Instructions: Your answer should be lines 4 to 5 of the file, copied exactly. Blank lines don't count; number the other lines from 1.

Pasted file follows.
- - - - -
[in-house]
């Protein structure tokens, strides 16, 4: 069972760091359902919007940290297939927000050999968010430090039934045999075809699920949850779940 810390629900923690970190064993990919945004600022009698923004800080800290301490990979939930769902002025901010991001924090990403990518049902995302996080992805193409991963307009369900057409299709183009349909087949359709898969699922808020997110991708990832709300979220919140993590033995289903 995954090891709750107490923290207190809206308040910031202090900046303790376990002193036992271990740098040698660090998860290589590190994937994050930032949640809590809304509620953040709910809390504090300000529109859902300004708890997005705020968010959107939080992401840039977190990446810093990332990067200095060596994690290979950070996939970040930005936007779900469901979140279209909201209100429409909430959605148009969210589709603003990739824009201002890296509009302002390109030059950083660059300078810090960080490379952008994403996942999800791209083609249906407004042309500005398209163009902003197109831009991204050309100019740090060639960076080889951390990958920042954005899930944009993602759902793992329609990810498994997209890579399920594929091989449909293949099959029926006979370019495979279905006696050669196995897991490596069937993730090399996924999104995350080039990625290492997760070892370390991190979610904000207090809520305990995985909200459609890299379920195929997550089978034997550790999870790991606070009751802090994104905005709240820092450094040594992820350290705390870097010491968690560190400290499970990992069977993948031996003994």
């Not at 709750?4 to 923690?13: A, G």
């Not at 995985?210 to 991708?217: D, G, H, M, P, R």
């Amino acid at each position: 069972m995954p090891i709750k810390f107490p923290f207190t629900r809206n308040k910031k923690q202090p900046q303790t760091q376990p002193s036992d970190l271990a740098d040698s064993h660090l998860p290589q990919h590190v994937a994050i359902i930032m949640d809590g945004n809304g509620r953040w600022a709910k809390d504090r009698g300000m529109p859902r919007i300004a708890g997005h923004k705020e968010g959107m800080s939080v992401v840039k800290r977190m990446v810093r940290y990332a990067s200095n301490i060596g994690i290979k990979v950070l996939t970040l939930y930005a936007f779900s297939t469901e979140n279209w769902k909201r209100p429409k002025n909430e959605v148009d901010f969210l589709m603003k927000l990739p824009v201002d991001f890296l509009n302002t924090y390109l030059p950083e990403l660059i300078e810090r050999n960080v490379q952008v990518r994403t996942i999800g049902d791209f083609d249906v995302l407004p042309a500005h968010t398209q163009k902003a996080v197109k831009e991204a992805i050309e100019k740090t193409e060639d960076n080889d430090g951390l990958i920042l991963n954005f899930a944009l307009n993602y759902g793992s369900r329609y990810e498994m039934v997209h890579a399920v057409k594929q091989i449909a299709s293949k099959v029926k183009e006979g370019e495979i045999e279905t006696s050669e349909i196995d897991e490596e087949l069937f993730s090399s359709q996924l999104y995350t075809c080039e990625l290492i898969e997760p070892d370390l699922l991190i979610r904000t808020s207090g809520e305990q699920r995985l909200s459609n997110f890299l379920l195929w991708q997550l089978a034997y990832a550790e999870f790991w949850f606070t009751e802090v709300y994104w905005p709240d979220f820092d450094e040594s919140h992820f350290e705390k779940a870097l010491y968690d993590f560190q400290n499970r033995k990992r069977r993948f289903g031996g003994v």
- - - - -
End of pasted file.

């Not at 995985?210 to 991708?217: D, G, H, M, P, R």
């Amino acid at each position: 069972m995954p090891i709750k810390f107490p923290f207190t629900r809206n308040k910031k923690q202090p900046q303790t760091q376990p002193s036992d970190l271990a740098d040698s064993h660090l998860p290589q990919h590190v994937a994050i359902i930032m949640d809590g945004n809304g509620r953040w600022a709910k809390d504090r009698g300000m529109p859902r919007i300004a708890g997005h923004k705020e968010g959107m800080s939080v992401v840039k800290r977190m990446v810093r940290y990332a990067s200095n301490i060596g994690i290979k990979v950070l996939t970040l939930y930005a936007f779900s297939t469901e979140n279209w769902k909201r209100p429409k002025n909430e959605v148009d901010f969210l589709m603003k927000l990739p824009v201002d991001f890296l509009n302002t924090y390109l030059p950083e990403l660059i300078e810090r050999n960080v490379q952008v990518r994403t996942i999800g049902d791209f083609d249906v995302l407004p042309a500005h968010t398209q163009k902003a996080v197109k831009e991204a992805i050309e100019k740090t193409e060639d960076n080889d430090g951390l990958i920042l991963n954005f899930a944009l307009n993602y759902g793992s369900r329609y990810e498994m039934v997209h890579a399920v057409k594929q091989i449909a299709s293949k099959v029926k183009e006979g370019e495979i045999e279905t006696s050669e349909i196995d897991e490596e087949l069937f993730s090399s359709q996924l999104y995350t075809c080039e990625l290492i898969e997760p070892d370390l699922l991190i979610r904000t808020s207090g809520e305990q699920r995985l909200s459609n997110f890299l379920l195929w991708q997550l089978a034997y990832a550790e999870f790991w949850f606070t009751e802090v709300y994104w905005p709240d979220f820092d450094e040594s919140h992820f350290e705390k779940a870097l010491y968690d993590f560190q400290n499970r033995k990992r069977r993948f289903g031996g003994v």